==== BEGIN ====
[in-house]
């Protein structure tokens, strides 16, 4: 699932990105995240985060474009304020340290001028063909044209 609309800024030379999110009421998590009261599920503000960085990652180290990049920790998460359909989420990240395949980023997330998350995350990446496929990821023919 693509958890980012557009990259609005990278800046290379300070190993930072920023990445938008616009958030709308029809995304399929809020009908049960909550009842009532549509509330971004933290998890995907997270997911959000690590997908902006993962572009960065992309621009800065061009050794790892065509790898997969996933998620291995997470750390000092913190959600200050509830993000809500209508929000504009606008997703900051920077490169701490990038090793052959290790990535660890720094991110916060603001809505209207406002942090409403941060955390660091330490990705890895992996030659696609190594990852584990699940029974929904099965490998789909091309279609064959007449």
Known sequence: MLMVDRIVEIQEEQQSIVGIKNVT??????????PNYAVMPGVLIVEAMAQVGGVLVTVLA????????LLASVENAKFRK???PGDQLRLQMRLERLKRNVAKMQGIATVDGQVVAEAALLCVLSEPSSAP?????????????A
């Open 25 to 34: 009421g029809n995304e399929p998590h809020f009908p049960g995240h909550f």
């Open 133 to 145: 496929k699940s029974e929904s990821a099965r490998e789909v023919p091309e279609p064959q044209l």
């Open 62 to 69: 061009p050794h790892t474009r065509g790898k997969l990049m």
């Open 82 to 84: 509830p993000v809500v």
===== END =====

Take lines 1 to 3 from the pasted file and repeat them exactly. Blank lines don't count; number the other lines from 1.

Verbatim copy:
[in-house]
């Protein structure tokens, strides 16, 4: 699932990105995240985060474009304020340290001028063909044209 609309800024030379999110009421998590009261599920503000960085990652180290990049920790998460359909989420990240395949980023997330998350995350990446496929990821023919 693509958890980012557009990259609005990278800046290379300070190993930072920023990445938008616009958030709308029809995304399929809020009908049960909550009842009532549509509330971004933290998890995907997270997911959000690590997908902006993962572009960065992309621009800065061009050794790892065509790898997969996933998620291995997470750390000092913190959600200050509830993000809500209508929000504009606008997703900051920077490169701490990038090793052959290790990535660890720094991110916060603001809505209207406002942090409403941060955390660091330490990705890895992996030659696609190594990852584990699940029974929904099965490998789909091309279609064959007449």
Known sequence: MLMVDRIVEIQEEQQSIVGIKNVT??????????PNYAVMPGVLIVEAMAQVGGVLVTVLA????????LLASVENAKFRK???PGDQLRLQMRLERLKRNVAKMQGIATVDGQVVAEAALLCVLSEPSSAP?????????????A